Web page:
| Peter Burns III

How does one measure success?

Which of us hasn’t faced adversity…numerous times?

The true test of one’s character is his or hers response to adversity. Life events simply happen to us all, some good, some bad.

I have been an entrepreneur for over forty years. That is, I’ve never actually had a job or a career path other than starting my own businesses. Doing so was by far the hardest career choice I ever made.

At the tender age of 19, I launched my first “official” business – moped rentals – at my summer home (which I visited since age 9) on Nantucket Island, Massachusetts. I set up my little rental business with 15 shiny red Puch mopeds (imported from Austria) in a dirt lot with a popcorn stand in front. There, with a fold up card table and cash box bought from the local thrift shop for 50 cents, I set about on my first enterprise.

Within days, my little fleet was sold out and I also faced my first of many challenges to the survival of that business. The Mayor of Nantucket (actually the head of the Board of Selectmen) unilaterally ordered a “Cease and Desist” of my business of renting mopeds. There was zero legitimate reasoning behind this, of course (I had done my homework before setting up shop) except for the fact that the Mayor also happened to own the largest bicycle rental shop on the island. I was cutting into his business as an upstart competitor.

I went to my landlord and was referred to the top attorney for fighting the Town. Due to this kind and capable man taking my case for a fraction of the true cost, we fought back and in a series of Court decisions, beat the Board of Selectman into the ground. I actually won $1 million in judgments against the Town and against each of the corrupt Selectmen as individuals. It took years but I won. I never did collect on my judgments but my little rental business survived and thrived for 20 years there.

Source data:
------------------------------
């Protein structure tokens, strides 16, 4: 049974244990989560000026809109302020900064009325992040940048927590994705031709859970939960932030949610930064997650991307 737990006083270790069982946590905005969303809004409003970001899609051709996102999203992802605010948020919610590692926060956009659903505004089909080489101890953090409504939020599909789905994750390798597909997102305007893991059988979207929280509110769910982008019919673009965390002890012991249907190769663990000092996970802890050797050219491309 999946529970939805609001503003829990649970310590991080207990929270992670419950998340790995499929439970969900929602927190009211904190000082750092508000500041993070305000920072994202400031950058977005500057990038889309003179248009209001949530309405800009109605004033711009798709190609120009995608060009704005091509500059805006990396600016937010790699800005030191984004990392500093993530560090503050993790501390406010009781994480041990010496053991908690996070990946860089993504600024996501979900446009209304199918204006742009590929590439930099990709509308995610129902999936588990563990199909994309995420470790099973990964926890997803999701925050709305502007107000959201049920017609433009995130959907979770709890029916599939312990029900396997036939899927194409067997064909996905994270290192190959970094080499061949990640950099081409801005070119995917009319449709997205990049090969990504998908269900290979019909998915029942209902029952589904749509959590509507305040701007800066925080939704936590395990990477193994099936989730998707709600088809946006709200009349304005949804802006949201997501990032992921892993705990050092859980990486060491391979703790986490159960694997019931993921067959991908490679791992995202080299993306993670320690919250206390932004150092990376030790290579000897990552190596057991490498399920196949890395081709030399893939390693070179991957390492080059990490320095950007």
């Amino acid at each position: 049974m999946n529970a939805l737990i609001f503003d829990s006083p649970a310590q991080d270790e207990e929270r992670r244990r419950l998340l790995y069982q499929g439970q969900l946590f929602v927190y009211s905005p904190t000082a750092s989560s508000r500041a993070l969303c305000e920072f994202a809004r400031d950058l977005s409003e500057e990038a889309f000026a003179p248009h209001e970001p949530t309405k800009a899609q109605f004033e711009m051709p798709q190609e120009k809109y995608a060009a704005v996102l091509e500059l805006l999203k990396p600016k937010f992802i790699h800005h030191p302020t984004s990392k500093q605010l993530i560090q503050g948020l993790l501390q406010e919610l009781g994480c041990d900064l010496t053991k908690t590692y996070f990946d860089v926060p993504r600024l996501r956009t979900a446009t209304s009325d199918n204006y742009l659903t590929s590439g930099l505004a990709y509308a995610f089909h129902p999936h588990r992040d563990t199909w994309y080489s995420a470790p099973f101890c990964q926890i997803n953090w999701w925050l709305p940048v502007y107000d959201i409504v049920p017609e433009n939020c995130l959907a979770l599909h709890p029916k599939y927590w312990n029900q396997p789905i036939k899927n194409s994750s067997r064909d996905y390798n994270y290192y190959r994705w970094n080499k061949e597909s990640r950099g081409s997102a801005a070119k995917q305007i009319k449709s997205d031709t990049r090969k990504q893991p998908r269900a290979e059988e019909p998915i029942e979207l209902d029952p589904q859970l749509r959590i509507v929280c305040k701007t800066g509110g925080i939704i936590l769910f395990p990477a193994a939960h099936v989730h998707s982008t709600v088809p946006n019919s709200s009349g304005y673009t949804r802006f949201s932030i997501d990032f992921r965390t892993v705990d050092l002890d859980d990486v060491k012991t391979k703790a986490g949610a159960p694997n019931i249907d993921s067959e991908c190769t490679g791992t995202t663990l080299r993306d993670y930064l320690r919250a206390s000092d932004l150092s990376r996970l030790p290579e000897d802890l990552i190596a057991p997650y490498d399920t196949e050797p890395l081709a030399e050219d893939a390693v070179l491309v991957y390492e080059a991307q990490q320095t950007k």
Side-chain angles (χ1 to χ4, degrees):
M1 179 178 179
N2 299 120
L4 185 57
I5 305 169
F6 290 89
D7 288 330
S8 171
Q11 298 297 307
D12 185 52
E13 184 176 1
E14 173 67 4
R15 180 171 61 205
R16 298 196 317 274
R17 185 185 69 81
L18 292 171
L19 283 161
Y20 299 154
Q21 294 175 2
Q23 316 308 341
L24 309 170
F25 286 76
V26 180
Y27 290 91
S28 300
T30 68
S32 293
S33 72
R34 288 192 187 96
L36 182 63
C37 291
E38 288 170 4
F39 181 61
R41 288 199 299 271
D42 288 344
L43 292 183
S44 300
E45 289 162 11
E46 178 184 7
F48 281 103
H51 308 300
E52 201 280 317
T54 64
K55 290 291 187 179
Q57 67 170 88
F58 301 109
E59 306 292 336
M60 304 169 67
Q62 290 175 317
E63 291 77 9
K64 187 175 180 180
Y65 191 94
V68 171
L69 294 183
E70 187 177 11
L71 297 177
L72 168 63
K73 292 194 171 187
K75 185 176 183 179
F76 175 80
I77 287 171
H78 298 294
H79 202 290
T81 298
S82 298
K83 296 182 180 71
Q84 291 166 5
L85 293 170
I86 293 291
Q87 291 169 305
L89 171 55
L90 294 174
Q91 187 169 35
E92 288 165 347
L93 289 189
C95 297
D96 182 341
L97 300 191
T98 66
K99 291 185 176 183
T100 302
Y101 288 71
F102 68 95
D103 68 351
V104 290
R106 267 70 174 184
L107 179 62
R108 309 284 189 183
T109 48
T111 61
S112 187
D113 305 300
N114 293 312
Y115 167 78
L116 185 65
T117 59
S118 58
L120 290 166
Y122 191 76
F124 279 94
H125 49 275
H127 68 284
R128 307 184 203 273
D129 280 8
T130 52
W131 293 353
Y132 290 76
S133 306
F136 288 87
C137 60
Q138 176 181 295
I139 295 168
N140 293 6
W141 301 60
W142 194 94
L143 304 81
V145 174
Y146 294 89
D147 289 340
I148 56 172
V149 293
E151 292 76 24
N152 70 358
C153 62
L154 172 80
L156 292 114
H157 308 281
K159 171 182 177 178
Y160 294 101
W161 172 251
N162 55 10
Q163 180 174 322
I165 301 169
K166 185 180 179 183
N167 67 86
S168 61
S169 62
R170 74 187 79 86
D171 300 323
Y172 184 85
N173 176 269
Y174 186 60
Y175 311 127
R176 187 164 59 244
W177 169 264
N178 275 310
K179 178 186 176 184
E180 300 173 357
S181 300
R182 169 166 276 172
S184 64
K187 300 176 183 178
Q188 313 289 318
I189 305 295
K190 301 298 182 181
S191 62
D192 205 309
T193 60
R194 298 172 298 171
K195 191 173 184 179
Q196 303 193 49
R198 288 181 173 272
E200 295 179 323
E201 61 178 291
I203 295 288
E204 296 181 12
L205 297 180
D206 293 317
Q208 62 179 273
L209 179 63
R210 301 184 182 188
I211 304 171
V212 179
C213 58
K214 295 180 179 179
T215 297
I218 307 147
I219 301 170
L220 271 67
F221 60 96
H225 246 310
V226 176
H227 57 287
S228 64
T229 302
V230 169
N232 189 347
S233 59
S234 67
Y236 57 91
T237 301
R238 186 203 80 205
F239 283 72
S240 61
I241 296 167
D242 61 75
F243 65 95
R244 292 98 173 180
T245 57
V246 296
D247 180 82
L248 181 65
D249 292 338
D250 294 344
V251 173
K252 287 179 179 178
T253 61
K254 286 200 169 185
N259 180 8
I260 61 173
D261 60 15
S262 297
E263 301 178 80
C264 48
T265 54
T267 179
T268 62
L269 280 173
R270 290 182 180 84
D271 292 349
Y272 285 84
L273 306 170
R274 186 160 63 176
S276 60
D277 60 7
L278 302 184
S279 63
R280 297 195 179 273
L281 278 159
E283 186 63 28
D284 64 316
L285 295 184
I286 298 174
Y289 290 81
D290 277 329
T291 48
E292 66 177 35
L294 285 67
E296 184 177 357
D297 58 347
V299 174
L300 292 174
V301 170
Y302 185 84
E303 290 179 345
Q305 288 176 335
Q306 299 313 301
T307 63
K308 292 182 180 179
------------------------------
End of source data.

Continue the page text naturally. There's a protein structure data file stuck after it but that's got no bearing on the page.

That first summer I earned $55,000 in only ten weeks and I was off to the races and never looked back.

This was an invaluable lesson learned; there really is no such thing as a “free lunch.” As an entrepreneur, you not only have to create the opportunity, you have to capitalize on it as well as sustain it through the inevitable trials and tribulations. Many times, when faced with nearly insurmountable odds, I really wanted to throw in the towel….but I did not. To me, the greatest failure would have been to give up my dream.

Over the last four decades of entrepreneurship, I could fill several books on the challenges faced and overcome. Many of these challenges weren’t just about business, there were many personal sacrifices made also. In all candor, those were always the hardest to bear.

I am 60 years “young” now and haven’t slowed down much at all since those heady days of a teenage entrepreneur. I’m now on an epic venture in the luxury field, which involves travel and multi-million dollar assets. I think I have the “formula” down for this latest venture, and win or lose…I will never stop swinging for the fence.

Perseverance and ultimately overcoming adversity really is its own reward. Wish me luck as I wish all of my fellow entrepreneurs out there.

Peter BurnsSerial luxury travel entrepreneur, Peter Burns III, specialises in the establishment and operation of niche market multi-location businesses.

In the past 40 years of business formation and ownership, Peter has started, run, sold, and/or expanded over 100 individual businesses in dozens of fields. He is currently focusing on luxury holiday rentals at Asset Exchange Collection.

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